The English Major at Davidson

The English Department provides you with a depth and breadth of literary knowledge while teaching you to explore problems creatively, to be sensitive to life's diversity, and to read the world critically and thoughtfully.

English courses provide students of all academic interests with a strong foundation in critical and expressive skills. We cater to the college's diverse student body by offering both critical and creative courses that focus on various time periods, authors, genres, regions and media.  

Courses & Requirements

Courses You Might Take

ENG 453

Literary Alchemy


What happens when a literary genius takes hold of a mere suggestion and transforms it into literary gold?  By what process of imagination does a snippet of news in The New York Times become Truman Capote's In Cold Blood or spawn Susan Orleans's orchid thief, John Laroche, who reemerges as played by Chris Cooper in Spike Jonze's conversion of The Orchid Thief into a film about the very matter of Adaptation?  How does Miss Kay grow from what Muriel Spark calls "the seeds of the future Miss Jean Brodie" into that fully formed character in her prime?  What happens when Shakespeare takes hold of a lackluster little narrative by Giraldi Cinthio, turns it on its ear, and produces Othello out of base metal?  Or when George Saunders spins Lincoln in the Bardo out of a line of history that concerns Abraham Lincoln's visit to his son's tomb?  This seminar will explore the literary imagination by focusing on such transformations into nonfiction, fiction, drama, and film-some from humble origins, others from already established masterpieces.


ENG 308

Time & Space Creative Nonfict


Memoirs and essays can never correspond directly with reality. One real-world element that we can manipulate, like magicians--while remaining firmly in the realm of fact--is time. Compressing, speeding up, slowing down, or otherwise manipulating time can help us convey the meaning and emotional resonance of events. If we accept that linear time itself is a fiction-albeit a useful one-a new universe of possible story structures opens up around us. In this course, we will examine memoirs and personal essays (and a film or two) that flout conventional structures and play with time in innovative, interesting ways, and use these explorations as inspiration for our own writing, with a particular focus on the events of our lived realities.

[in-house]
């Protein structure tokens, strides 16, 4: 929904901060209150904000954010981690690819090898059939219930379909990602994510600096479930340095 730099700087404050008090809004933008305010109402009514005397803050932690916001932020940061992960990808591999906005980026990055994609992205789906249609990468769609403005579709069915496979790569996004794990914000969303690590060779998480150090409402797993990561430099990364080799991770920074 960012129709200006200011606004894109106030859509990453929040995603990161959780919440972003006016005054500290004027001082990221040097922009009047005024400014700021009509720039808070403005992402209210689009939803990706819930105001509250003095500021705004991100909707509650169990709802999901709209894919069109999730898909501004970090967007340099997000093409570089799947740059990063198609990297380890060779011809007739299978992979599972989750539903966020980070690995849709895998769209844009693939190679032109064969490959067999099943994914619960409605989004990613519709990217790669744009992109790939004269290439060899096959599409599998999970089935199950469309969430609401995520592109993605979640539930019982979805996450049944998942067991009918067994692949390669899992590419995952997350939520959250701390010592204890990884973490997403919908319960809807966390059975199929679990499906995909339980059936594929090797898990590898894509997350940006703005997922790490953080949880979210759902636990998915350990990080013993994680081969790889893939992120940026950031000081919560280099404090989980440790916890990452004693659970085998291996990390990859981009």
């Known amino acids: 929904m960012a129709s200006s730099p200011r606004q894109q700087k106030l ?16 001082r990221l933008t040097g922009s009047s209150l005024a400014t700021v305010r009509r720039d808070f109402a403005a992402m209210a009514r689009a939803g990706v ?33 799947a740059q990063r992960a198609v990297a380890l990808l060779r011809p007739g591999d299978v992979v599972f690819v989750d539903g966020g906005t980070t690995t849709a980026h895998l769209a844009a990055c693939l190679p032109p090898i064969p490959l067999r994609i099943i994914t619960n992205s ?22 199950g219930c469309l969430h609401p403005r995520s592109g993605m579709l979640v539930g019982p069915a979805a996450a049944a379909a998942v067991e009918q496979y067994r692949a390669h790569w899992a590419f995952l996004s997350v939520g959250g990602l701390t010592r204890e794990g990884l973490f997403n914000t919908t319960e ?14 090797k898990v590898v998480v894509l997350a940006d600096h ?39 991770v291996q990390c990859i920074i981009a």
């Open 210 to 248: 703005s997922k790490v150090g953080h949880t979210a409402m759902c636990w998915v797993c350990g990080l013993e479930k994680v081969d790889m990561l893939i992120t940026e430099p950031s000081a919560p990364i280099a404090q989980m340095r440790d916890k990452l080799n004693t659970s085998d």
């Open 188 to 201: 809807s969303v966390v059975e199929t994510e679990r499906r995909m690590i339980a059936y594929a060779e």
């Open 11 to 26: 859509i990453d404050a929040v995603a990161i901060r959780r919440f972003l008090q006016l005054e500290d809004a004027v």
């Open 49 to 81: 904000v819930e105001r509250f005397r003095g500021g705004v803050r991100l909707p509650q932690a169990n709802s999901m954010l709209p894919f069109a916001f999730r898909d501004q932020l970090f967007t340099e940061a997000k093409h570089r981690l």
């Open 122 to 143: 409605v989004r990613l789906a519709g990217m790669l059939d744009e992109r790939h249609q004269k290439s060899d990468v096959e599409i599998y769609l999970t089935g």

ENG 483

Black Lit Theory: Afr Lit


(Cross-listed with AFR 383)

This course will bring together readings both literary and critical/theoretical, beginning with Frantz Fanon's seminal Black Skin, White Masks (1952). Taking Fanon as its point of departure, then, this course will necessarily turn to a discussion of the recent discourse on Afro-pessimism and black optimism, attempting to introduce students to issues and questions of race, race relations, anti-black racism, black sociality, the universality of whiteness, the fungibility of the black body, and of the vulnerability and precarity of black life; and together we will think more closely about how the complex and "unthinkable" histories of slavery, colonialism, and the Middle Passage, for examples, continue to challenge the representational limits and potentialities of traditional literary genres and modes of emplotment. In addition to Fanon, authors will include Orlando Patterson, Toni Morrison, Hortense Spillers, Saidiya Hartman, Frank Wilderson, Jared Sexton, and Fred Moten.

Satisfies a requirement in the Africana Studies major.
Counts as a senior seminar and fulfills the Diversity requirement for the English major.
Counts as a literature elective for the Global Literary Theory interdisciplinary minor.
Satisfies the cultural diversity requirement.